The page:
Capillary Flow Porometry
Capillary Flow Porometry or Bubble Point Method is used to determine q required pore size for filtration media.
It is based on the fact that, for a given fluid and pore size with a constant wetting, the pressure required to force an air bubble through the pore is inverse proportion to the size of the hole. The theory of capillarity states that the height of a water column in a capillary is indirectly proportional to the capillary diameter.
Surface tension forces held up the water in the capillary and as its diameter gets smaller, the weight in the water column get higher. Water can be pushed back down in a pressure which has the same equivalent height as that of the water column. Thus by determining pressure necessary to force water out of the capillary, the diameter of the capillary can be calculated.
In practice, the pore size of the filter element can be established by wetting the element with the fluid and measuring the pressure at which the first stream of bubbles is emitted from the upper surface of the element.
Membrane filters have discrete pores from one side to the other of the membrane, similar to capillary, tubes. The bubble point test is based on the principle that a wetting liquid is held in these capillary pores by capillary attraction and surface tension, and the minimum pressure required to force liquid from these pores is a function of pore diameter. The pressure at which a steady stream of bubbles appears in this test is the bubble point pressure. The bubble point test is significant not only for indicating maximum pore size, but may also indicate a damaged membrane, ineffective seals, or a system leak.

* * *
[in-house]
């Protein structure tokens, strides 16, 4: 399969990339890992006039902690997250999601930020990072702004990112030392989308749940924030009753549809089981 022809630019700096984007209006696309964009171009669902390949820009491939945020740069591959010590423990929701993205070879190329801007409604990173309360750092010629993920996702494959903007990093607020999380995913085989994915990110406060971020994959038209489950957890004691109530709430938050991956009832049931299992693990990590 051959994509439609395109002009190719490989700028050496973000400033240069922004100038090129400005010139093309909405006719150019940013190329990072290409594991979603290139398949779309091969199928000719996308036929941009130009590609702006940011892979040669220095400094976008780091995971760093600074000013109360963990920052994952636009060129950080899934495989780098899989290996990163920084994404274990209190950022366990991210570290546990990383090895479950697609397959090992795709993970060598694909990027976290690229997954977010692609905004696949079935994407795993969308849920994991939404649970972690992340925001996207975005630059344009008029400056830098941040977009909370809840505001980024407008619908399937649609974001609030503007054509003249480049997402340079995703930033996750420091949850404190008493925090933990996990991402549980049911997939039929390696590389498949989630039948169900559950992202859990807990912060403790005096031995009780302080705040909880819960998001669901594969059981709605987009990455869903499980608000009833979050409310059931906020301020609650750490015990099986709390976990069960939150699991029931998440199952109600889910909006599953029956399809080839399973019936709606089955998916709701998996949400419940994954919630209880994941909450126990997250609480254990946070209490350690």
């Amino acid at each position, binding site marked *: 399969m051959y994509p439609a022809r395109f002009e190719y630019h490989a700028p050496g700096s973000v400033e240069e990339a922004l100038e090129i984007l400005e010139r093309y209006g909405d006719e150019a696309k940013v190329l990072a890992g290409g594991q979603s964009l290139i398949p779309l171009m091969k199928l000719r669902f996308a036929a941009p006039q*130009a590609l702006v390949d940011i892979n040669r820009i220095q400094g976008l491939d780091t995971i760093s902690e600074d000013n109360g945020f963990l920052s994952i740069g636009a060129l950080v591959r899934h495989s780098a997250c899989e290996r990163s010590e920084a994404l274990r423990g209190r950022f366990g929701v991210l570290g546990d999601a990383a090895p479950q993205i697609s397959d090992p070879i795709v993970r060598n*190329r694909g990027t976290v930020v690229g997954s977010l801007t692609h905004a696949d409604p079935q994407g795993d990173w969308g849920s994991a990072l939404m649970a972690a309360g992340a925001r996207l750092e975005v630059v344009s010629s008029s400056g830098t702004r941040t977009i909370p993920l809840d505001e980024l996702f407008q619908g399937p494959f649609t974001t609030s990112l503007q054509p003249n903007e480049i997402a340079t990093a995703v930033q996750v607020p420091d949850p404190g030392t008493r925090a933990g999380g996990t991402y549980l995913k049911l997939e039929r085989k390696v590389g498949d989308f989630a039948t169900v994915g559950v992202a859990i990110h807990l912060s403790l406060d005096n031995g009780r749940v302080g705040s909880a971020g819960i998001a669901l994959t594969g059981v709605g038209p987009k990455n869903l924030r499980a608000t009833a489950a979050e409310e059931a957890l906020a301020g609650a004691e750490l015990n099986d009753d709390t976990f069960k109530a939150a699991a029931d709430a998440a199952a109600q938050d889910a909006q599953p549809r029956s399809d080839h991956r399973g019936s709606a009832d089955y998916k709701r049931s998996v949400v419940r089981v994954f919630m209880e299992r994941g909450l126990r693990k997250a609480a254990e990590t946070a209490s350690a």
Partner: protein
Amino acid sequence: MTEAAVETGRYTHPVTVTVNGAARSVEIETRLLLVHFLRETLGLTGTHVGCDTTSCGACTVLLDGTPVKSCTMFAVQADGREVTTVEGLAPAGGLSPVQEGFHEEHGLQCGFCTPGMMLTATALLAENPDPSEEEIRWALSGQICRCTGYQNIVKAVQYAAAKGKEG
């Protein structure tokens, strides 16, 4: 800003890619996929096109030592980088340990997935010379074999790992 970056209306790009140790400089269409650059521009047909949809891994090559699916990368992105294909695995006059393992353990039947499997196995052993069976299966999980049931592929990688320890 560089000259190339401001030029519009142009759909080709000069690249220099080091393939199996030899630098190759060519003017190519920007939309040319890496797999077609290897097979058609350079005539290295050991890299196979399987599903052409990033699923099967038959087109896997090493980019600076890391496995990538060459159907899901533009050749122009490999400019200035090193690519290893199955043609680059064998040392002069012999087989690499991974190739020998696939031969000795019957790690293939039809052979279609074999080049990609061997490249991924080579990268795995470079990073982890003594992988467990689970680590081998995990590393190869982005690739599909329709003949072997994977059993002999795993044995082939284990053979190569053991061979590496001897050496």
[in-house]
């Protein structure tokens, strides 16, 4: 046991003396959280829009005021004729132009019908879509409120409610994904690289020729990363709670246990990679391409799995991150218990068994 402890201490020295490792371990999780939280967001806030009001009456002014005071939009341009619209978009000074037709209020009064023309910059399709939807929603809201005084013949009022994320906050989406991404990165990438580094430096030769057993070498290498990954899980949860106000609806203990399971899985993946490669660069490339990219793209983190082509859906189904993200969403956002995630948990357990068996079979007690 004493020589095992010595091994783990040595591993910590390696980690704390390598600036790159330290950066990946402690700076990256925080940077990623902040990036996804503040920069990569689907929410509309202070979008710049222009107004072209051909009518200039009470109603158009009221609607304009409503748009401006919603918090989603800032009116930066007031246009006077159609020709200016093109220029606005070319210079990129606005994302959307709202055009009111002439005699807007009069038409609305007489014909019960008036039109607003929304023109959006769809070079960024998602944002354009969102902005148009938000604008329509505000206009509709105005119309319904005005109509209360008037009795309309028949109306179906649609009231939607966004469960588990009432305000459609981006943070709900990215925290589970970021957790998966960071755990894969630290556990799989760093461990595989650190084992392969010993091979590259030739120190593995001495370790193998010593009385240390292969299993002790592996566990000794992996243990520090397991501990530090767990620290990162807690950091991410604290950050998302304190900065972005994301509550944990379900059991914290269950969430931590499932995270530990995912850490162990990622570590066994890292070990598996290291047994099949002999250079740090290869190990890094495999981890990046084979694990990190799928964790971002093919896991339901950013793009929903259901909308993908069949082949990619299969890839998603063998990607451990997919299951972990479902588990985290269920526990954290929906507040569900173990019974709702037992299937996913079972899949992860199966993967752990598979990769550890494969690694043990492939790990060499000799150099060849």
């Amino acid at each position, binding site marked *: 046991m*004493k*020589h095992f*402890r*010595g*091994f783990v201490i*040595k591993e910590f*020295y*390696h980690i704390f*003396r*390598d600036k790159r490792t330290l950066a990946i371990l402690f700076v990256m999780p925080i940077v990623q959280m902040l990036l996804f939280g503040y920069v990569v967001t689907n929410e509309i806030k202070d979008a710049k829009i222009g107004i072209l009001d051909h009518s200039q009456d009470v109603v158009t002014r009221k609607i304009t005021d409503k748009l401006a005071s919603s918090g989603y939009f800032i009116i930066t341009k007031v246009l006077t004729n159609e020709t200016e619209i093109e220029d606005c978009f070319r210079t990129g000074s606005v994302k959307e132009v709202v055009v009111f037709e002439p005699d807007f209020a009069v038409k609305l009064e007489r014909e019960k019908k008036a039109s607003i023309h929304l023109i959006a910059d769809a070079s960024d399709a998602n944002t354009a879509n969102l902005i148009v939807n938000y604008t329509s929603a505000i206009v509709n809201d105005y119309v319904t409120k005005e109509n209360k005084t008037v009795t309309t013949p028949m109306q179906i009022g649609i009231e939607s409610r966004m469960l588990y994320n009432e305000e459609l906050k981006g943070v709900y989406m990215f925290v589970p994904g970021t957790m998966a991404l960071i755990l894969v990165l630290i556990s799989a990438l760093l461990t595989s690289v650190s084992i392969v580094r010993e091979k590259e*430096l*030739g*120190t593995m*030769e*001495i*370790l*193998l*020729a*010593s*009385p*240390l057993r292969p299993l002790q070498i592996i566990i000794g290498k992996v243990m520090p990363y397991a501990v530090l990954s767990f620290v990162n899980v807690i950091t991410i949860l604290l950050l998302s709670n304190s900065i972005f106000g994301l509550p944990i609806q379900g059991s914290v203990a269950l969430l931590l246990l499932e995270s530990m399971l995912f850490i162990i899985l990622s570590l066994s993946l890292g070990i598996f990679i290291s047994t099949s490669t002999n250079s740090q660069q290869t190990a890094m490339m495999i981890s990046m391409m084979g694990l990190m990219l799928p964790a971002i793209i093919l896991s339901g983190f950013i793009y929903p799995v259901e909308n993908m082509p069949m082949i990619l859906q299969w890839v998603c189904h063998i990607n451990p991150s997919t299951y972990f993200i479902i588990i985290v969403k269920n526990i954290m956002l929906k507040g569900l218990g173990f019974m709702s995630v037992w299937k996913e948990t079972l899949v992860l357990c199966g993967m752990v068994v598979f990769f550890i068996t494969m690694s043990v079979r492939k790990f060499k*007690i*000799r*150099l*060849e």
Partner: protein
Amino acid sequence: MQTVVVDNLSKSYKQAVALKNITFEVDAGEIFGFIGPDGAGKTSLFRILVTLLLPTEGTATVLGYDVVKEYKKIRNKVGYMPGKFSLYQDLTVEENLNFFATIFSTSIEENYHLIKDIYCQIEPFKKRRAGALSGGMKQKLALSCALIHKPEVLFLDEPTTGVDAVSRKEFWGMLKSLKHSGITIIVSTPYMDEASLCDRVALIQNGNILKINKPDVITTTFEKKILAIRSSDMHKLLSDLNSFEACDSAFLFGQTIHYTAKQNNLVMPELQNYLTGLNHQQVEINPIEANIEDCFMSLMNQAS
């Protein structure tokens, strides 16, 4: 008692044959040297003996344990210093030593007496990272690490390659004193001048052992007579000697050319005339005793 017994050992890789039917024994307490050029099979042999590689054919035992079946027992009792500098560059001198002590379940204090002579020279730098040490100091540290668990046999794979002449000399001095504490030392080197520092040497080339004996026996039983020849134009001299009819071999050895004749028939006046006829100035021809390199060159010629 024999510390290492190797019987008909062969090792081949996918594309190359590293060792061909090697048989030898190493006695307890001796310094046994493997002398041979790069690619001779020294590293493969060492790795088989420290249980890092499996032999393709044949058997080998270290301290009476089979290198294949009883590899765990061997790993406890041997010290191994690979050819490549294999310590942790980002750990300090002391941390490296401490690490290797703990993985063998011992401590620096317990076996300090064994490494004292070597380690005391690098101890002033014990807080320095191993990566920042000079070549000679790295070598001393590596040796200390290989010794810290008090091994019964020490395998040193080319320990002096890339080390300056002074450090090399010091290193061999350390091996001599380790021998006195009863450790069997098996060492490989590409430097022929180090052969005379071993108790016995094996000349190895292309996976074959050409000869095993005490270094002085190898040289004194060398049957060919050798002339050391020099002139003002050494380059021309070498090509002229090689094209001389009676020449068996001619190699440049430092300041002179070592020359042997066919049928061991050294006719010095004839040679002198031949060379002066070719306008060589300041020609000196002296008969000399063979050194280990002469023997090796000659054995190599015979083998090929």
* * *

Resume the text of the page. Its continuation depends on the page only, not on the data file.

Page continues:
These test methods cover the determination of two of the pore size properties of membrane filters with maximum pore sizes from 0.1 to 15.0 μm.
One of the great advantages of the bubble point test is that it can be performed of filters under actual use conditions and with any filter type. It is a non-destructive test, thus it does not contaminate the filter and so can be used to determine the integrity of a filter at any time, as well as establishing the absolute rating.